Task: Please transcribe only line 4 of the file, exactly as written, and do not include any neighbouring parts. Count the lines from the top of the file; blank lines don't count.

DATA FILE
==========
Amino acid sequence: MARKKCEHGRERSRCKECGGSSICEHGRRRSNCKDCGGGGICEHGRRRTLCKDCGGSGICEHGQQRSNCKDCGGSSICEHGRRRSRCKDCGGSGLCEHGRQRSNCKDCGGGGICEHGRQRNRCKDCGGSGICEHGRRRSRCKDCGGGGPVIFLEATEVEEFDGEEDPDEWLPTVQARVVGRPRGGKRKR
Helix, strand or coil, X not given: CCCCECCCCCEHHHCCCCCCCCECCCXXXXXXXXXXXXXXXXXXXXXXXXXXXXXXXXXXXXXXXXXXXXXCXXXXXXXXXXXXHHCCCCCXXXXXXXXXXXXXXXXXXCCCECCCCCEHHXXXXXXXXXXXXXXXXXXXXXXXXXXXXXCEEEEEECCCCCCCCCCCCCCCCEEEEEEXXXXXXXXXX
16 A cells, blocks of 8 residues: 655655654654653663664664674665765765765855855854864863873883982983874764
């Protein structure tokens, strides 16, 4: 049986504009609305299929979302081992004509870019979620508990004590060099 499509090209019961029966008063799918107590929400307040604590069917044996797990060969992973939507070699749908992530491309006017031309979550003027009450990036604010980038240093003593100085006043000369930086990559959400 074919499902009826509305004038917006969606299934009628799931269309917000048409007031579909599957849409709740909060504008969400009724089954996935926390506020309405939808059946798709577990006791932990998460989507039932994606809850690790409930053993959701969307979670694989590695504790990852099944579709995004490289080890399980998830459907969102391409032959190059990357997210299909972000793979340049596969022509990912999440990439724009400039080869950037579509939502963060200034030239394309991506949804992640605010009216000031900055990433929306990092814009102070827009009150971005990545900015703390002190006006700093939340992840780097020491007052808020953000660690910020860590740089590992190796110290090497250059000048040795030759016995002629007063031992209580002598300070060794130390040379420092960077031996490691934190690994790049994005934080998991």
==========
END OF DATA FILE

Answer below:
């Protein structure tokens, strides 16, 4: 049986504009609305299929979302081992004509870019979620508990004590060099 499509090209019961029966008063799918107590929400307040604590069917044996797990060969992973939507070699749908992530491309006017031309979550003027009450990036604010980038240093003593100085006043000369930086990559959400 074919499902009826509305004038917006969606299934009628799931269309917000048409007031579909599957849409709740909060504008969400009724089954996935926390506020309405939808059946798709577990006791932990998460989507039932994606809850690790409930053993959701969307979670694989590695504790990852099944579709995004490289080890399980998830459907969102391409032959190059990357997210299909972000793979340049596969022509990912999440990439724009400039080869950037579509939502963060200034030239394309991506949804992640605010009216000031900055990433929306990092814009102070827009009150971005990545900015703390002190006006700093939340992840780097020491007052808020953000660690910020860590740089590992190796110290090497250059000048040795030759016995002629007063031992209580002598300070060794130390040379420092960077031996490691934190690994790049994005934080998991």